• Ability to assess and manage pediatric neuromuscular diseases, limb length discrepancy, common angular and torsional variations, and pediatric trauma both operatively and non-operatively.

Spine Surgery

The Spine Surgery service manages adult spine problems, including degenerative disease, infection, trauma, and tumors. Educational objectives include:

  • Knowledge of the anatomy of the spine, spinal cord, and nerve roots.
  • Proficiency in assessing low back and neck pain and non-operative and operative management with specific emphasis on the psychological aspect of back pain. Knowledge of the sound principles of spine rehabilitation programs.
  • Ability to assess and manage, non-operatively and operatively, acute disc herniation of the lumbar, thoracic, and cervical spine.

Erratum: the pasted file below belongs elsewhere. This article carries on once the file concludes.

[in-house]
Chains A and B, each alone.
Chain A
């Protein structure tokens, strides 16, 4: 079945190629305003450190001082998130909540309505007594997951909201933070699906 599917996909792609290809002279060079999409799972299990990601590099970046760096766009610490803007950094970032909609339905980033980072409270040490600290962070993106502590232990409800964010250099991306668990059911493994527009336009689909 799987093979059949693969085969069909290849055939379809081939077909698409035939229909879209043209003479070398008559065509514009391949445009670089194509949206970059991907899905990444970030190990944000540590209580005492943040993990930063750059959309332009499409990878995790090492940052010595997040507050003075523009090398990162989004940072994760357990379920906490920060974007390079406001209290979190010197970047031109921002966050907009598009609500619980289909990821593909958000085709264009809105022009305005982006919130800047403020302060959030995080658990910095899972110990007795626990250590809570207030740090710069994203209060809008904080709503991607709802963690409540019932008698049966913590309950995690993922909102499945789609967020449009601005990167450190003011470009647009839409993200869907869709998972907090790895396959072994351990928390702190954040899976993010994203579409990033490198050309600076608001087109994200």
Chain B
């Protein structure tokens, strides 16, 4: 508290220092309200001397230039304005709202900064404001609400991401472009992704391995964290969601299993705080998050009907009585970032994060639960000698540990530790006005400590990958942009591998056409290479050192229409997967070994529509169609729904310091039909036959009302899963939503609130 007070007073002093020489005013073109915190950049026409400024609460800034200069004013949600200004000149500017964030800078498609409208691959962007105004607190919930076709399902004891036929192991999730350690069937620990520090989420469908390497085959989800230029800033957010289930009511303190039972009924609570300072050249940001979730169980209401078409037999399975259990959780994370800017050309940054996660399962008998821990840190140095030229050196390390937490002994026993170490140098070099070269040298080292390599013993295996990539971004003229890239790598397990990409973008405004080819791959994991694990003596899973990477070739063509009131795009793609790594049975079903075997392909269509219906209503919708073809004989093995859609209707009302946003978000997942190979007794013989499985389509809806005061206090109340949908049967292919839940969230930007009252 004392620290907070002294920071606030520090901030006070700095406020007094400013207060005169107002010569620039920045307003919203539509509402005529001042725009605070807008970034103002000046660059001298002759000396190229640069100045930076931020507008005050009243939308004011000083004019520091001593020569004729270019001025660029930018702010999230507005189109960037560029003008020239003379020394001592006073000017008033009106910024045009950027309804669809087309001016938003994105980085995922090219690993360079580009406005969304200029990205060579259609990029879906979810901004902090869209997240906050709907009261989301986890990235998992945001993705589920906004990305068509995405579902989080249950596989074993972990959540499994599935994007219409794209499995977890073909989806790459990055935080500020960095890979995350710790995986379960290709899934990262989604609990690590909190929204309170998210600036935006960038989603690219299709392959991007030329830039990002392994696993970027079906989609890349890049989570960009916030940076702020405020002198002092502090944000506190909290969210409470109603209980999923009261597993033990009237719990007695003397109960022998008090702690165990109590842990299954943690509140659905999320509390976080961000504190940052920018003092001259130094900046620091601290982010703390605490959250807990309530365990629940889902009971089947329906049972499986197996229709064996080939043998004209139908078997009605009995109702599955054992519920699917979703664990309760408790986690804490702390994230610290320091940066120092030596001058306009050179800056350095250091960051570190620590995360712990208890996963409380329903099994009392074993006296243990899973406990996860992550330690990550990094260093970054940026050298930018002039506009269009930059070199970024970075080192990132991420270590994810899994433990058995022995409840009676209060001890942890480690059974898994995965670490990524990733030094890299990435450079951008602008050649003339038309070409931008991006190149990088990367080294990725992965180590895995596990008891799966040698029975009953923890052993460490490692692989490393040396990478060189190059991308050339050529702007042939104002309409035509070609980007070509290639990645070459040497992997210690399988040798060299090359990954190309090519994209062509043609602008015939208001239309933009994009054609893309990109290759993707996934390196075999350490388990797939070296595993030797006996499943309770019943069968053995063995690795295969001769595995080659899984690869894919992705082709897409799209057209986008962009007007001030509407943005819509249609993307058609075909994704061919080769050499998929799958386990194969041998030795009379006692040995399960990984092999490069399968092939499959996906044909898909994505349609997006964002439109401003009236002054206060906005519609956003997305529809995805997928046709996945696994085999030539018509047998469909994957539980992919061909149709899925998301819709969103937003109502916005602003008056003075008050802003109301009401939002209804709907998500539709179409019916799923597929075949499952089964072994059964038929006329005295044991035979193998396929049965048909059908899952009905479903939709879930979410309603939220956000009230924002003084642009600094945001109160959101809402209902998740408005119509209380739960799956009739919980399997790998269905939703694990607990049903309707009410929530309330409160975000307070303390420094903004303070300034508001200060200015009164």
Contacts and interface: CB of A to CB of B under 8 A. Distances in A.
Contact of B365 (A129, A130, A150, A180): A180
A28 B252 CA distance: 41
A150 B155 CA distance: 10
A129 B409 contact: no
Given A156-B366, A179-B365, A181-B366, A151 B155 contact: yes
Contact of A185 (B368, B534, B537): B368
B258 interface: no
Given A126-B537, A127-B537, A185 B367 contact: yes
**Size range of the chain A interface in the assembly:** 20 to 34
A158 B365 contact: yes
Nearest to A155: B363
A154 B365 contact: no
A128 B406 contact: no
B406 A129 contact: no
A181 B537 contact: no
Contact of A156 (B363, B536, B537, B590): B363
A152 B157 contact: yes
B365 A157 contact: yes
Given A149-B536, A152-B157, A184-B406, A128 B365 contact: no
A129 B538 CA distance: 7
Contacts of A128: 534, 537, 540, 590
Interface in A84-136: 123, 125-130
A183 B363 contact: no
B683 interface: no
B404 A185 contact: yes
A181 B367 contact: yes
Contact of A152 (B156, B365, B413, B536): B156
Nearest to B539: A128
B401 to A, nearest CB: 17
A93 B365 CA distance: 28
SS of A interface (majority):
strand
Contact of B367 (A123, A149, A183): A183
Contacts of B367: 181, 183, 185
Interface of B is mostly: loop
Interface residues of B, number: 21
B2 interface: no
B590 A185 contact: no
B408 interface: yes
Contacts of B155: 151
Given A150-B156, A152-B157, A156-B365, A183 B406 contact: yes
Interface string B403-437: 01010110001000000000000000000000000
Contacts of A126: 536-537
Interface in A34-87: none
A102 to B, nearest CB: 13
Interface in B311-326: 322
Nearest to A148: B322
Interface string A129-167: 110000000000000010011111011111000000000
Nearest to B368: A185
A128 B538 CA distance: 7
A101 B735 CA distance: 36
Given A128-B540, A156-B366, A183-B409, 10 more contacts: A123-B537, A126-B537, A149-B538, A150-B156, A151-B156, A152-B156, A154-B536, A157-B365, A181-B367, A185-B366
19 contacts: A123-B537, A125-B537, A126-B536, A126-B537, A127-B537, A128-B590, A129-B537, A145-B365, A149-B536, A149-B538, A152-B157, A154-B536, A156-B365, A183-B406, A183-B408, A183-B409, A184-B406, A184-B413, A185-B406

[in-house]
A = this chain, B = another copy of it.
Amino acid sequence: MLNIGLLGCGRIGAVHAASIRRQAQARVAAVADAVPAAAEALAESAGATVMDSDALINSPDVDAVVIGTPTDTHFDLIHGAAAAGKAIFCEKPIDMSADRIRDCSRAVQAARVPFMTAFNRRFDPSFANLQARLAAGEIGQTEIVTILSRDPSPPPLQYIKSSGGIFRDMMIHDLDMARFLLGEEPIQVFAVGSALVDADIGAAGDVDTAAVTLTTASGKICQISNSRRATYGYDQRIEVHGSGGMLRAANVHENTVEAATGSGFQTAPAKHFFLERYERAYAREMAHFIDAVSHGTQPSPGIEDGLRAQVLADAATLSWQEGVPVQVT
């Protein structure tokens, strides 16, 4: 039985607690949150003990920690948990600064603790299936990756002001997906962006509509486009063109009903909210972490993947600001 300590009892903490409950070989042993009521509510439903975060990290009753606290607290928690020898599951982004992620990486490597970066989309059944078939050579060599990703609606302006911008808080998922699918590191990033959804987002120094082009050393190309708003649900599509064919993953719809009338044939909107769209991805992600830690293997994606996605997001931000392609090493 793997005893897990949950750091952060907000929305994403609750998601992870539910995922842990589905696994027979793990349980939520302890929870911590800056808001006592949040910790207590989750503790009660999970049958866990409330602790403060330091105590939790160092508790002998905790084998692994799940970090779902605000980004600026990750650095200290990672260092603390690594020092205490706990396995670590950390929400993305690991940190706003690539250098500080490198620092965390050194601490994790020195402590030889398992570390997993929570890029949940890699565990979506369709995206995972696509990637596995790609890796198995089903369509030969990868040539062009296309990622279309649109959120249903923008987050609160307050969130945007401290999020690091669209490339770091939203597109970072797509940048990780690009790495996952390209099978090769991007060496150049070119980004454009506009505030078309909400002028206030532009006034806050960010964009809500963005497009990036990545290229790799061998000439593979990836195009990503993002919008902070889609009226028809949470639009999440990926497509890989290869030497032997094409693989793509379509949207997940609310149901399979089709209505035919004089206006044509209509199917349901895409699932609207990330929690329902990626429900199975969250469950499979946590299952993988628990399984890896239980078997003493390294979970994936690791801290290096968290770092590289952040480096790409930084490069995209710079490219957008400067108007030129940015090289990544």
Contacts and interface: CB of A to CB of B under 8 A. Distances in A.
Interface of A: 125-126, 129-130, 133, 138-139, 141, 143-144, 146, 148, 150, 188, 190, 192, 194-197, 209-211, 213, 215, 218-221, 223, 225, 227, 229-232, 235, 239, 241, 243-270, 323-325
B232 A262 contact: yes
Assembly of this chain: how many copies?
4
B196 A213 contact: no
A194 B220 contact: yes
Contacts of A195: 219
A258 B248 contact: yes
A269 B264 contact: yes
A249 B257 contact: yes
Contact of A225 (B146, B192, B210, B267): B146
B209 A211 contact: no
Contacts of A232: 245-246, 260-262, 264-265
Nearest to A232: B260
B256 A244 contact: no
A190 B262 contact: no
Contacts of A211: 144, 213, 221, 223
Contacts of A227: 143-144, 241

• Ability to assess and manage spinal trauma, both non-operatively and operatively.
  • Ability to assess and manage spinal tumors, primary and metastatic, with the same approach that is used in the trauma principles of reconstructing the spine after extensive spinal resection.
  • Ability to assess and manage spinal disorders, such as spondylolisthesis, adult scoliosis, and post-traumatic deformities.
  • The residents will become comfortable in the use and handling of modern spinal instrumentation, including hooks, rods, plates, pedicle screws, and wires.

Foot and Ankle Surgery

The Foot and Ankle service manages patients with acute and chronic disorders of the foot, particularly those with diabetic ischemic foot disease, as well as foot, ankle, and leg trauma. Educational objectives include:

  • Knowledge of anatomy and biomechanics of the foot and ankle.
  • Ability to assess and manage, operatively and non-operatively, chronic foot disorders including bunions and other dynamic deformities and motor and sensory deficits.
  • Ability to assess and manage acute disorders of the foot and ankle including inflammatory states.
  • Ability to perform operative reconstruction of the foot and ankle, including arthrodesis.